City Councilor Patrick Dowd will be leaving his elected post to lead a newly established children's advocacy group, Allies for Children, this summer.
"This is just a new form of public service," Dowd said at a press conference held this morning at Downtown's CAPA arts school.
One in six western Pennsylvania children lives in poverty, Dowd noted; roughly one-half live in families designated as low-income. Children in such circumstances, Dowd said "are starting their life ... without the things they need in order to succeed," and thus were at higher risk for negative outcomes like dropping out of school, ending up in prison. "There is a real urgency to this work."
As Dowd noted, there is already a plethora of local agencies and advocacy groups working on children's issues. Allies for Children was "not going to supplant that work," he said, but instead work on "broadening the base of support" for it. Allies, he said, would "build a united front" on advocating for a wide range of children's issues, including children's health and early-education, at the federal, state, and local level.
Allies for Children is an outgrowth of Childwatch, a longtime children's advocacy group. Dowd and other officials said the new effort would be distinguished by its comprehensive scope, and by the fact that it would have long-term backing from a broad range of local corporations and foundations. Allies would "help set the advocacy agenda" for children in western Pennsylvania, said Kevin Jenkins, a senior program officer for the Pittsburgh Foundation.
Dowd says he was hired last week, and planned to formally submit his resignation next month, adding that he still wanted to finish up some initiatives, especially at the Pittsburgh Water and Sewer Authority, where he is a board member. That timeline would allow his replacement to be chosen in a special election coinciding with the November general election. Dowd declined to speculate on the dynamics of the race, saying that was for the voters to decide. Dowd said he and Allies began talking in April about the post, and while he declined to say who initiated those discussions, board chair Martha Isler said Dowd responded to an online job listing advertising the job.
In one sense, the move seems a natural step for Dowd: He previously taught history at the Ellis School and served as a member of the city's school board. He was also active in a campaign to levy a tax benefiting the Carnegie Library system. This morning, he cited his own work cobbling together coalitions as a city councilor — drumming up opposition to Mayor Luke Ravenstahl's proposal to lease the city's parking facilities — as experience that would come in handy.
But the timing is ironic: Over the years, Dowd had expressed frustration with Ravenstahl, and backed Democratic nominee Bill Peduto in the May primary. Did he regret leaving city council just when it seemed he'd have a new mayor to work with? "My hope is [that working with the mayor] is what I'll be doing, but not in an elective capacity," Dowd answers.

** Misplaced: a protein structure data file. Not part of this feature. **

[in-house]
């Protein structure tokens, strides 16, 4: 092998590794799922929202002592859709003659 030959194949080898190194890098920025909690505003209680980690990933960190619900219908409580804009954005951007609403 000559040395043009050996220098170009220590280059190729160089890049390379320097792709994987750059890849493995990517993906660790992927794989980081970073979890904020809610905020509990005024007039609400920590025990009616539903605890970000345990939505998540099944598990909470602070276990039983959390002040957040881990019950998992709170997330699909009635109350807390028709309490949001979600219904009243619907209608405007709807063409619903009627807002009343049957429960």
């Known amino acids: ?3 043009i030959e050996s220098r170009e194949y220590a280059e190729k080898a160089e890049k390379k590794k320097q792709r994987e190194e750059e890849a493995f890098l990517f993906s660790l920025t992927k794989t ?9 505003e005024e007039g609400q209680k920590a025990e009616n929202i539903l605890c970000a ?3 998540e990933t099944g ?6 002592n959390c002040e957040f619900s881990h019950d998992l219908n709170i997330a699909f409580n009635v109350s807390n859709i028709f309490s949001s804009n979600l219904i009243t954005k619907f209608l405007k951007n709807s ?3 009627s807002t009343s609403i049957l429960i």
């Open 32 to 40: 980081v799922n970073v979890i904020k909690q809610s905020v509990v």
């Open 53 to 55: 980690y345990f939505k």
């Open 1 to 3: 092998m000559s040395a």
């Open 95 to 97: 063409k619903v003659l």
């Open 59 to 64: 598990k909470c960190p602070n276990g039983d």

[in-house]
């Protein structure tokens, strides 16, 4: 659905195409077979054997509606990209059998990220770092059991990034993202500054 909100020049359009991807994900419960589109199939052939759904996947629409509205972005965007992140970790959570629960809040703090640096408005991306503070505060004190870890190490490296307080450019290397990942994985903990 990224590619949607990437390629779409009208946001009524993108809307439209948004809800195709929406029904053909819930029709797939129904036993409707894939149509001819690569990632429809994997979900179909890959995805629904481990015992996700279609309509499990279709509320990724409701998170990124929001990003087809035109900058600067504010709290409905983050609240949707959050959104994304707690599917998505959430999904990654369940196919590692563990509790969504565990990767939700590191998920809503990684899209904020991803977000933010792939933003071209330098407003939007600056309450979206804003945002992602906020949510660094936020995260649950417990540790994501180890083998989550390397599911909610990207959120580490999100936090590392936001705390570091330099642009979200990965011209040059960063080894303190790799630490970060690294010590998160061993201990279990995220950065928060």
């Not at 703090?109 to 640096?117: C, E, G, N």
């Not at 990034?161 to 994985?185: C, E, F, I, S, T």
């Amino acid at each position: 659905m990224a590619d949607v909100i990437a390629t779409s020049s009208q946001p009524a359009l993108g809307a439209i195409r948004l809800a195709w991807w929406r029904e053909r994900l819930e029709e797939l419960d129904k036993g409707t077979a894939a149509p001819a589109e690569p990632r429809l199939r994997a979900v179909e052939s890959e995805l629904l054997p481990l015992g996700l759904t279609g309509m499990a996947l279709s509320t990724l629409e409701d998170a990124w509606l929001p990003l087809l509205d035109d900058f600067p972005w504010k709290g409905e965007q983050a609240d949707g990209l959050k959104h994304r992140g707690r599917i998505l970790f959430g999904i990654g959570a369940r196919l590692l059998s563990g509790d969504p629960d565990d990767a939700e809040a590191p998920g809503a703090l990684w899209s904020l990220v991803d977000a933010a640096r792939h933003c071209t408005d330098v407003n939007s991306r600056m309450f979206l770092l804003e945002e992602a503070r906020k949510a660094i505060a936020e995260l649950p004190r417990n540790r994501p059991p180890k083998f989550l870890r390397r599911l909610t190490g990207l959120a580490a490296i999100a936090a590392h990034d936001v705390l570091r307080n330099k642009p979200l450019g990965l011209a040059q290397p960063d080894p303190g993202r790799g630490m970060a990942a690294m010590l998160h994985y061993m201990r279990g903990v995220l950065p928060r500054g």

For now, Dowd's job is largely a blank slate. While it will work in partnership with exiting groups, for example, it remains to be seen how it would proceed if those groups disagreed on a specific policy question. Dowd says such questions are among the "details that are going to have to be worked out," though he cited a list of "guiding principles" that the group had already adopted. (Among the principles: to be data-driven and to "work with all stakeholders in a respectful manner.") But Isler says a likely model for the coalition will be PA Partnerships for Children, an umbrella group that advocates on a statewide level. At that level, says Isler, if a group that opposes the consensus frequently "agree not to oppose" the broader group's position, even if they don't actively support it. "Sometimes it is like herding cats," she added.
And despite the ambitious agenda, Allies remains a fledgling operation, with an office in the Pittsburgh Children's Museum; Dowd joked that he wasn't sure it had a phone yet. The podium used in this morning's press conference was a sheet of typing paper with the organization's name typed out in plain text. As for his own salary, Dowd said "we actually haven't negotiated that." The online job posting promised "a competitive six-figure salary," but while Dowd acknowledged it would be "more than I'm making now" -- councilors earn in the mid-$50,000 range -- Dowd said "this isn't about making money."
Three local foundations -- the Pittsburgh Foundation, the Grable Foundation, and the Heinz Endowments -- are all backing the effort. Isler said that between those foundations and pledges from individual board members, the Alliance had enough funding commitments to ensure at least three years of operation. "We are very excited about that buy-in" from community leaders, contrasting that with the position of other advocacy groups, who often have to scramble for funding. While the online job listing indicated a rough operating budget of $700,000, Isler noted that decisions about staffing, for example, had yet to be made.
Indeed, the Alliance's board is made up of some heavy-hitters, with representatives from UPMC, BNY Mellon, Oxford Development, Reed Smith and other law firms, the Pittsburgh Cultural Trust, and a handful of children's groups.
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